He’s retiring on paper, not in spirit

Athletic Director Monte White steps down after 24 years at Del Oro
By: Sara Seyydin Journal Staff Writer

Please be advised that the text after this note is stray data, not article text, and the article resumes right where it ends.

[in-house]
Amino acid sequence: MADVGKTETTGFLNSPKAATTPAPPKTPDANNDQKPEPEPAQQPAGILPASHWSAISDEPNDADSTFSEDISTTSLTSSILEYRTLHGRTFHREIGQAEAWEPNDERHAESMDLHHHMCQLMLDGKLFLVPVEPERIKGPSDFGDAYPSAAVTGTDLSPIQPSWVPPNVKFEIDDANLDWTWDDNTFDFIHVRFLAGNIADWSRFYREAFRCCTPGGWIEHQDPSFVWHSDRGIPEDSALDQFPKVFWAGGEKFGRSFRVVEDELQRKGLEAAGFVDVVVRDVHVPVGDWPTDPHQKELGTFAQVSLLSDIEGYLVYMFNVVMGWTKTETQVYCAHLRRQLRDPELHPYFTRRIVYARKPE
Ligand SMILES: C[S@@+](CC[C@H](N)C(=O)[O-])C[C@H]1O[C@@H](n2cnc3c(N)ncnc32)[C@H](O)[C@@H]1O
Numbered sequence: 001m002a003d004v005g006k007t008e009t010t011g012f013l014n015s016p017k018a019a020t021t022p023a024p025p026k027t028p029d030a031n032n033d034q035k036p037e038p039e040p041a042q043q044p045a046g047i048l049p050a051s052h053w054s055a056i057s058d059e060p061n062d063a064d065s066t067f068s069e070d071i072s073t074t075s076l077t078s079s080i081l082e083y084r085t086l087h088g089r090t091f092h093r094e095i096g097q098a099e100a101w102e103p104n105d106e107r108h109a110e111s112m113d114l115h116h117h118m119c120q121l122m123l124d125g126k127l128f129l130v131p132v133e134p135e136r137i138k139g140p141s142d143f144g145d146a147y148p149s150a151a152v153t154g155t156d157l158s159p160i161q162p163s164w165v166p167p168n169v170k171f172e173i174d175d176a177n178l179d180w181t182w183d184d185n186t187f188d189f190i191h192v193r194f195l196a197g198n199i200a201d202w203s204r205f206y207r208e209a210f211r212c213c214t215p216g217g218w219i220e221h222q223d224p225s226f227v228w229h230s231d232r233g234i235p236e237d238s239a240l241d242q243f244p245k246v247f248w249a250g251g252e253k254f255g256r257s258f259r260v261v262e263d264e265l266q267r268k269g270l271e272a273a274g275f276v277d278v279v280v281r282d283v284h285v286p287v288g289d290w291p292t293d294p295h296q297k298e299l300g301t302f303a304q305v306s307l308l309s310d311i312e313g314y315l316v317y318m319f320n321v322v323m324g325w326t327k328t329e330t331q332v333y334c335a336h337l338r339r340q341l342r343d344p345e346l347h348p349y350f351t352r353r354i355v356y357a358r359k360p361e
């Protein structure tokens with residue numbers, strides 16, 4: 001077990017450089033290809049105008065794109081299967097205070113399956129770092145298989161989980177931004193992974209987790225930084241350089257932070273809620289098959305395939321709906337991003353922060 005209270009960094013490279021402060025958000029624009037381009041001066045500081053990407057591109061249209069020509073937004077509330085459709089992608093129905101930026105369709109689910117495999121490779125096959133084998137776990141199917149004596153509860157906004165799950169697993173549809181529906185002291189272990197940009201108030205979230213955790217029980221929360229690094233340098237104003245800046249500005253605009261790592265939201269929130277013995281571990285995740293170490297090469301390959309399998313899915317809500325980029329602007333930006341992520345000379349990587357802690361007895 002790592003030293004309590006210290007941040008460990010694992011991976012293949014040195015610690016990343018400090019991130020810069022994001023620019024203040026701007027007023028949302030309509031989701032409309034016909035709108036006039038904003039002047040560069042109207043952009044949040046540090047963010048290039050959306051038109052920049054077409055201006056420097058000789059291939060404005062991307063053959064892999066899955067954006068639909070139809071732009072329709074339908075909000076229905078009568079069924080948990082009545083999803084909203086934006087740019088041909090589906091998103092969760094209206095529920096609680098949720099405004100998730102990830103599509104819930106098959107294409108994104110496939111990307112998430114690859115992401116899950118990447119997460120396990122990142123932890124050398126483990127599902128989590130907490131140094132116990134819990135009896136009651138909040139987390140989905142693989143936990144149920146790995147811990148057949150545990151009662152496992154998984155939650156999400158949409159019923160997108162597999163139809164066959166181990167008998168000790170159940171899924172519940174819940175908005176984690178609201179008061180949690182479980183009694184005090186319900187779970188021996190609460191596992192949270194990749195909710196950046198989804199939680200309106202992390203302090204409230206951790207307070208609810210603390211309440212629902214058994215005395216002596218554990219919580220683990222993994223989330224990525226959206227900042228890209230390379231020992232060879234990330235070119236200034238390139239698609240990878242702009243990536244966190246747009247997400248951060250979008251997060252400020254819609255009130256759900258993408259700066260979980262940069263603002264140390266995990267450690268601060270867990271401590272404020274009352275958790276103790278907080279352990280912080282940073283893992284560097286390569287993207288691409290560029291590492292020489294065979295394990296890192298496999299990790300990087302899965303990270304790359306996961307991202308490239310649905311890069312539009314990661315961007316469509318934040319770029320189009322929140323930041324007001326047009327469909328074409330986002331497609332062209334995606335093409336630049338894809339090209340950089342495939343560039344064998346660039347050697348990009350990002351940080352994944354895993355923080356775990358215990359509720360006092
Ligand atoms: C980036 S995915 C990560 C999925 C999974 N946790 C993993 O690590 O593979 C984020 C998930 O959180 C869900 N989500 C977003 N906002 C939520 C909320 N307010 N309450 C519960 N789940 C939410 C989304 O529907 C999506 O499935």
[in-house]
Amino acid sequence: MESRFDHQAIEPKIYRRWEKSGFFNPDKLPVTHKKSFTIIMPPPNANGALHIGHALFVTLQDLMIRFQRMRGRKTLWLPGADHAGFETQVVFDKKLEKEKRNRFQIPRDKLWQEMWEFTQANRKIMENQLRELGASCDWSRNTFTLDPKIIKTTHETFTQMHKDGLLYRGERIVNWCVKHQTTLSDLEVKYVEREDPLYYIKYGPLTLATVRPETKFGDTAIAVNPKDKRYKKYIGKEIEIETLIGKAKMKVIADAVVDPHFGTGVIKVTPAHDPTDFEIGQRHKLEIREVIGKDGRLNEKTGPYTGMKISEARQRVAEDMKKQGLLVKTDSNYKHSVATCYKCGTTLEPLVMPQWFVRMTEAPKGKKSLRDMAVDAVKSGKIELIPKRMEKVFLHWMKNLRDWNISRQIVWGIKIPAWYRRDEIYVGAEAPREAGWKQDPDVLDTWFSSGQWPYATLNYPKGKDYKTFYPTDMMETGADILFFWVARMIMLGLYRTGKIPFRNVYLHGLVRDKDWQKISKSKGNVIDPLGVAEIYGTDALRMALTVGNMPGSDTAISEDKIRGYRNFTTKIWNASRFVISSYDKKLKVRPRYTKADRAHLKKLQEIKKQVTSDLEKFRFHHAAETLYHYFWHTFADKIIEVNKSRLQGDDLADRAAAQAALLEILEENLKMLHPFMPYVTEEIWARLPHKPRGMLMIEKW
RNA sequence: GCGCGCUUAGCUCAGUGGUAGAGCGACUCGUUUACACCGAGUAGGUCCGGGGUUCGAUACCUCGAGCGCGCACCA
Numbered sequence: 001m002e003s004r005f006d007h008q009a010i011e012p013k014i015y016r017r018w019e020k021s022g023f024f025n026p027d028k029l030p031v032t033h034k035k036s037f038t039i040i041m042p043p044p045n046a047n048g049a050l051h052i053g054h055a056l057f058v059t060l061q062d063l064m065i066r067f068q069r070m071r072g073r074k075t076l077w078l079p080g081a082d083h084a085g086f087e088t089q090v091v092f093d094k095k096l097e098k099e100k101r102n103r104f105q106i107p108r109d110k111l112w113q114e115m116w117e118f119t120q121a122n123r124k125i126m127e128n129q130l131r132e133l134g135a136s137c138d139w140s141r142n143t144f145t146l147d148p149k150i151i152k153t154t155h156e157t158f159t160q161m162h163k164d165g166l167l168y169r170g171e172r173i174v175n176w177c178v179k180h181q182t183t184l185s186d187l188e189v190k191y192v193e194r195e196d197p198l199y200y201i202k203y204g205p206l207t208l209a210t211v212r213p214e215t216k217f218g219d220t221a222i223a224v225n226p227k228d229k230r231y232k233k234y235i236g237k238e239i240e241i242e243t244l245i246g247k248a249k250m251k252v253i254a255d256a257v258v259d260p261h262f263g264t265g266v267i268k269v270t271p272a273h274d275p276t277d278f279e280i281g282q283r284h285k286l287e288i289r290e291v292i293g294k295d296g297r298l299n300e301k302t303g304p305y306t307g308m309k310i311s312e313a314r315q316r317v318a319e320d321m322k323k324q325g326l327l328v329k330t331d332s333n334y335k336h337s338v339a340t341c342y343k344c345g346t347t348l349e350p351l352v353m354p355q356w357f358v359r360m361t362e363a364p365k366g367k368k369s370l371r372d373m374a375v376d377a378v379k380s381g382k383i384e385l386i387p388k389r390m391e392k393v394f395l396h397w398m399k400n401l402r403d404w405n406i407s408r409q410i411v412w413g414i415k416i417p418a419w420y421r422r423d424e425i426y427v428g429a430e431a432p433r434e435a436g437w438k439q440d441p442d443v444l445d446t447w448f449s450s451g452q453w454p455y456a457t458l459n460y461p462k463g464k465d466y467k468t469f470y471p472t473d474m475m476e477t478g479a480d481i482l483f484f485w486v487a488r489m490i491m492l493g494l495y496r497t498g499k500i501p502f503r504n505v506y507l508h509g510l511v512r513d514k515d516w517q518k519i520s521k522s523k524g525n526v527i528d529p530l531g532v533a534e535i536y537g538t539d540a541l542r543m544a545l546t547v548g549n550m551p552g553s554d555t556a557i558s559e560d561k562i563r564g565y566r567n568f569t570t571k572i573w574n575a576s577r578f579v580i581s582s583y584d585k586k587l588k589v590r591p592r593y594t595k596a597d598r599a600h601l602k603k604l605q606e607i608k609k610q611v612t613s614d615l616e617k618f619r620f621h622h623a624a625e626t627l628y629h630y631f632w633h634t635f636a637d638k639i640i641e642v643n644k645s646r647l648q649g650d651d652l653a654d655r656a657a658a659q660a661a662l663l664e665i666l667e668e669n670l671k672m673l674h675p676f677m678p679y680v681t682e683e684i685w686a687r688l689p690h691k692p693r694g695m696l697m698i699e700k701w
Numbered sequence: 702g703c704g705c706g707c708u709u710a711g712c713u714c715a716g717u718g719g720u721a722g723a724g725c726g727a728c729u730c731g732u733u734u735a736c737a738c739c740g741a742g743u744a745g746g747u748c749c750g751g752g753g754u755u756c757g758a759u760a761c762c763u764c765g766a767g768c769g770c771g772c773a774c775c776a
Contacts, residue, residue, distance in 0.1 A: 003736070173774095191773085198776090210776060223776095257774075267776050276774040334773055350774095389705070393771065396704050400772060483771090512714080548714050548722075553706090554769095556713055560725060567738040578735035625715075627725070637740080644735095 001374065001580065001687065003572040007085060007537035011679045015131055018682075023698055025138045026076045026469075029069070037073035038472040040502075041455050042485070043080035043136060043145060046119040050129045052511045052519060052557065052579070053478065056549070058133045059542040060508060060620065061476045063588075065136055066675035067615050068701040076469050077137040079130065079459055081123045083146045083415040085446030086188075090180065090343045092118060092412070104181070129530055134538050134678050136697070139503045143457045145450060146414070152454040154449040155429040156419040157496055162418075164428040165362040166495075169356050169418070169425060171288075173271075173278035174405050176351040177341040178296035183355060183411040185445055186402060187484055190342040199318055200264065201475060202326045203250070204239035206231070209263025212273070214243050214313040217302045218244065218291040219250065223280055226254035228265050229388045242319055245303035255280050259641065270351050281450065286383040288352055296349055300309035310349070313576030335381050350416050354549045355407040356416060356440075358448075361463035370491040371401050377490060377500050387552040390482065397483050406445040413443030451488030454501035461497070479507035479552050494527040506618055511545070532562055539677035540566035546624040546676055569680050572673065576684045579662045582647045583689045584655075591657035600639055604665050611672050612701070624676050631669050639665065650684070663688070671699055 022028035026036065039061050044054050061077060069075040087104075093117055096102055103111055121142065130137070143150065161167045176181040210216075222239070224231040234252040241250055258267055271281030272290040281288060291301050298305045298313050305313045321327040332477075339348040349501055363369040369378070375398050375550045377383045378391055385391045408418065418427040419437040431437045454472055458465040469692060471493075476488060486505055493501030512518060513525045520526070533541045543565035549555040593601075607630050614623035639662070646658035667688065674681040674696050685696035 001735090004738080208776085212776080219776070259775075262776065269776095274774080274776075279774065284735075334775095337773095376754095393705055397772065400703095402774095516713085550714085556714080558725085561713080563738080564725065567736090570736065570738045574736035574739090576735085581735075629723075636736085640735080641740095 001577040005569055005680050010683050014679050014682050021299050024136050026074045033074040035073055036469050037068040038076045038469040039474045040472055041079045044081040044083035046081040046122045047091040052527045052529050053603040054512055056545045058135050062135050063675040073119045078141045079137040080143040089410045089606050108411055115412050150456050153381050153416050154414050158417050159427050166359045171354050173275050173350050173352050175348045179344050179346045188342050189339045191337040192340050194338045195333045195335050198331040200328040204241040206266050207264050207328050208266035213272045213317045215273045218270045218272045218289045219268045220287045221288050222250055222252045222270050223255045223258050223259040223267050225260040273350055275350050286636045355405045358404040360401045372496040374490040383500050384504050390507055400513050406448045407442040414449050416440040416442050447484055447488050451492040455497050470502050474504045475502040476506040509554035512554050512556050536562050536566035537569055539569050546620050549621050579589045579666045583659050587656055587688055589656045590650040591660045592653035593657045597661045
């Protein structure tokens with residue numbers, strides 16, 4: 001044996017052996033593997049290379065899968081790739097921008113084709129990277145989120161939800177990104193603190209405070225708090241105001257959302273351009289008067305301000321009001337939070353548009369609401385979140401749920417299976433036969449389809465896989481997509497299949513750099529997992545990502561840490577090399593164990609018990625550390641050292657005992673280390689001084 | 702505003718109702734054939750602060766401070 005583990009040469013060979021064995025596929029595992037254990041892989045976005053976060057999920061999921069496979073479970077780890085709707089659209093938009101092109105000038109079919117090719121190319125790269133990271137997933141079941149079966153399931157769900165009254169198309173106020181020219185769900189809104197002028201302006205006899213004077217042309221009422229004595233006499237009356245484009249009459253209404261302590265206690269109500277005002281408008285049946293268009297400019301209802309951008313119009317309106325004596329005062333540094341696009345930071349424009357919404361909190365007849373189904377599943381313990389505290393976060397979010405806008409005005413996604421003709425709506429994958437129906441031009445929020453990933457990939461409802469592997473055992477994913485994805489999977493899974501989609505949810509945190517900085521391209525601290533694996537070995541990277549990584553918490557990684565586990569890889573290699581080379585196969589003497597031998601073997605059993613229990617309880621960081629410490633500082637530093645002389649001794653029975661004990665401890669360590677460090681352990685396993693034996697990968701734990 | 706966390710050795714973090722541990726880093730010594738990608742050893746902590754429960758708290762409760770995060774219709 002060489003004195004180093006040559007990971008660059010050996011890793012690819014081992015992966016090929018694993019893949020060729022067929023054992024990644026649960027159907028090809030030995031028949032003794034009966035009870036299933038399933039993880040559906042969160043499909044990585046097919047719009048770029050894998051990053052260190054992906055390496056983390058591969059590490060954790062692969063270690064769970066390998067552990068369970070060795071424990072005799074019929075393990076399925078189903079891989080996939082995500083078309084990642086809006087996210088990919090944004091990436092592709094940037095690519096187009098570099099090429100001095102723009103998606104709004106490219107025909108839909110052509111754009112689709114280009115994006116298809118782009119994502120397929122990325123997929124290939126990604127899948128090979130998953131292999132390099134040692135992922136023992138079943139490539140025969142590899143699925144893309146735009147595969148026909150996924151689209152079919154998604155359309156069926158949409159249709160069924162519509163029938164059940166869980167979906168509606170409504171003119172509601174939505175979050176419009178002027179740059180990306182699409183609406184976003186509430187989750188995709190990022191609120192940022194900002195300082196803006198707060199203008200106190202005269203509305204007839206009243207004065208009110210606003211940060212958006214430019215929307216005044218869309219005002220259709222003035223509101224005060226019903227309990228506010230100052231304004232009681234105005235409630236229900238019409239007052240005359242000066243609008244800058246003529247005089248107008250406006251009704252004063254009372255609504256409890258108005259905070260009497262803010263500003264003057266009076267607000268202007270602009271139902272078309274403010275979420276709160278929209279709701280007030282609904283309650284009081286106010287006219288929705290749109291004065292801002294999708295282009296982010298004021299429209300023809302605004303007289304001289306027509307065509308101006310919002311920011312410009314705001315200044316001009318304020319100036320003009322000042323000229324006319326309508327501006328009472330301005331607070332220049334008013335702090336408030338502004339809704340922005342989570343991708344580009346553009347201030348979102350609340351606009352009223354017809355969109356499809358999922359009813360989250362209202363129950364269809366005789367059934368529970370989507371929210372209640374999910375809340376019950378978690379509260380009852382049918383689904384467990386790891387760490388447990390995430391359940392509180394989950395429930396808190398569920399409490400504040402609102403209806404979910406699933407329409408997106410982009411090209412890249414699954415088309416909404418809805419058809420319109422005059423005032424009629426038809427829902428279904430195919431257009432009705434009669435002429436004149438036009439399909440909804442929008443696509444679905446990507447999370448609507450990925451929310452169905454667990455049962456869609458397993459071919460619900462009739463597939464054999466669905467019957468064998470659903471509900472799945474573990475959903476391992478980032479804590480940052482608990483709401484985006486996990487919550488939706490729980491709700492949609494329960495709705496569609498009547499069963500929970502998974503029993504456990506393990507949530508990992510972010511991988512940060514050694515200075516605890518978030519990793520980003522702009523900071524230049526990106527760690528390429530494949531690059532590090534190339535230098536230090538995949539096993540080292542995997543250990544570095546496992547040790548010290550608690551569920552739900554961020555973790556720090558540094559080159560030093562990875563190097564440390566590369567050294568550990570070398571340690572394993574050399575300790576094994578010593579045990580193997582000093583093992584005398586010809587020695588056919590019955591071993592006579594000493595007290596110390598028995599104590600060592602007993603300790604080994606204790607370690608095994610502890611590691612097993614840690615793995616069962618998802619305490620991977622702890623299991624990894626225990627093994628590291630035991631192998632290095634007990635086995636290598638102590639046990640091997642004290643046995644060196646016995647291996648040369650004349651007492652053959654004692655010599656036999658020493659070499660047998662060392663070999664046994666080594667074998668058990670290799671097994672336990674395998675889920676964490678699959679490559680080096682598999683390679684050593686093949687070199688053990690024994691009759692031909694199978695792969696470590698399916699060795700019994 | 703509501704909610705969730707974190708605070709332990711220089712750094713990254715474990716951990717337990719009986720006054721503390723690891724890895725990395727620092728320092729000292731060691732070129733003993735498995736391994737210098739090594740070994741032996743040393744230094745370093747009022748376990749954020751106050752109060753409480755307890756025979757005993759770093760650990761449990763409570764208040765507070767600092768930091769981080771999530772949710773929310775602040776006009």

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Editor’s Note: Sports reporter Sara Seyydin caught up with Del Oro athletic director Monte White to interview him about his time as an educator at Del Oro High School. Their conversation follows. Position: Currently the Athletic Director. White also been an assistant principal, teacher and coach. Years spent at Del Oro: 24 What is one of your favorite memories at Del Oro? The deal is I love working with our youth. The hardest part is knowing that I won’t have the opportunity to be involved with kids on a daily basis anymore. To pick one fond memory of all of them would be impossible. Countless kids have impacted my life. It happens everyday — where you say that was just a special memory. How have you seen Del Oro change in the years you have been there? The size of the school is making us work harder and harder to make every kid feel as if they are important on our campus. One of the strengths of Del Oro is that the staff cares so much about the kids and not letting the kids slip through the cracks. When I started there were about 1,000 kids and now it’s at around 1,700, which doesn’t sound like a big difference, but the staff really hasn’t grown. We are working to get every kid involved at Del Oro. Everybody needs to be involved with the heartbeat of Del Oro. What is one athletic team has inspired you and why? I’m going to be very specific. I’m going to hit on a particular coach. Jen Isaac, who is incredible at teaching life skills, watching her daily and teaching the kids life skills through tennis. It’s about enriching kids’ lives and making them better people. It’s an amazing thing to watch her operate. The feedback comes from the students directly. I’m glad not every coach is like Jen Isaac because then maybe we wouldn’t appreciate how special she is, but on the same token we wish we had a whole closest-full of Jen Isaacs. For longevity Mike Takayama. He has 26 years of impacting kids lives. There are so many great coaches, it’s hard to pick one. What is one legacy you hope to leave from your time at Del Oro? I really hope that if anything else, we put at the number one of everybody’s goal in their program is to create an enriching experience for the kids that supersedes any wins and supersedes any championships. I believe when you have those experiences winning will be a by-product of those experiences, but it doesn’t work the other way around. What are you looking forward to about retirement? When you go a thousand miles an hour it’s difficult to pull over and put the break on. My plan was to do absolutely nothing for a few years. It looks like I may be back in the mix coaching a sport. There is a very good I chance I could be the JV water polo coach in the fall with my daughter. The juices are flowing. It would be so much fun doing this. It’s in my blood. People have said it’s your calling. You can’t fight your calling. I’m not going to be in a boat fishing and I’m not going to be on a golf course. It’s still absolutely fun and inspiring to work with kids. I am afraid of dying and wishing I had done more for other people. As other people throw their keys on the desk, I’m trying to find out how to keep mine. The rewards are just unending. I have been blessed to it. Most of my tears have been of joy. What other things are you and your family interested in? I met my wife at Tahoe. It was one of those deals where we both had this incredible love for Lake Tahoe and taught up there. When she retires in three years we plan to move back up there. My daughters are both in education. We are all kind of in this family thing of Lake Tahoe and teaching and loving life. If I’m not here, we like to get to Lake Tahoe as much as possible. What has been the most difficult thing you have faced as an educator ? Just believing in kids and that kids have so much to offer. I have rarely ever not believed — that even in spite of kids’ shortcomings, they are all good kids. Kids don’t all cross the finish line at the same time. We have to continue to believe in them until the bitter end. We expect so much of them and expect more every year. It’s easy for them to get frustrated. When we see kids years later we finally see the pay off. We are in the business to take care of youth. Dn’t give up on them. Which of your personal accomplishments at Del Oro have brought you the most joy? I think we are continuing to educate our coaching staff to be better leaders and mentors. I see that reflected in the kids as they continue to participate and the fact that the number of kids participating in sports continues to climb. We’re trying to do a better job of our academic expectations for our kids. We have really increased how often we check on grades to keep the kids accountable. Kids in athletics score a higher GPA than kids not involved in athletics. We really feel strongly that we need to be student athletes. We started up the athletic hall of fame. That was really major for us. And a brand new thing we are really excited about to start next year is the Women’s Athletic Club. We have formed a club to empower our gals — not only in athletics, but to be powerful woman. We have done an incredible amount of work improving our facilities. The better the facilities, the better kids feel about themselves. What were your original goals? Have they changed? Survive. I used to talk about the job of being a facilitator and assisting everybody to become better coaches and help the kids be successful — just doing everything I can for everybody to be successful. The more we accomplish this the more I think there is still so much work to be done. Who is the incoming athletic director and why did you choose him? It’s Justin Cutts. Justin has been a teacher and coach at Del Oro High School and operated as the assistant principal at the adult school. He is going to come on as the athletic director and dean of students. He is going to be tremendous. They have chosen somebody who will be really good at it. He has great leadership qualities and was a successful coach. He kind of fits all of it. What advice do you have to offer the new athletic director? Continue to be proactive and take a proactive role in everything. Make sure all the programs feel they are the most important program on the campus and make sure every student athlete feels they are the most important athlete. Find a way to raise a lot of money. With the new budget constraints, what will his challenges be? Convincing our parents that there is no money tree in the back yard and that we all have to contribute to our athletic programs. Truly between the district and the site, the money isn’t there, and there is no free ride from anybody. 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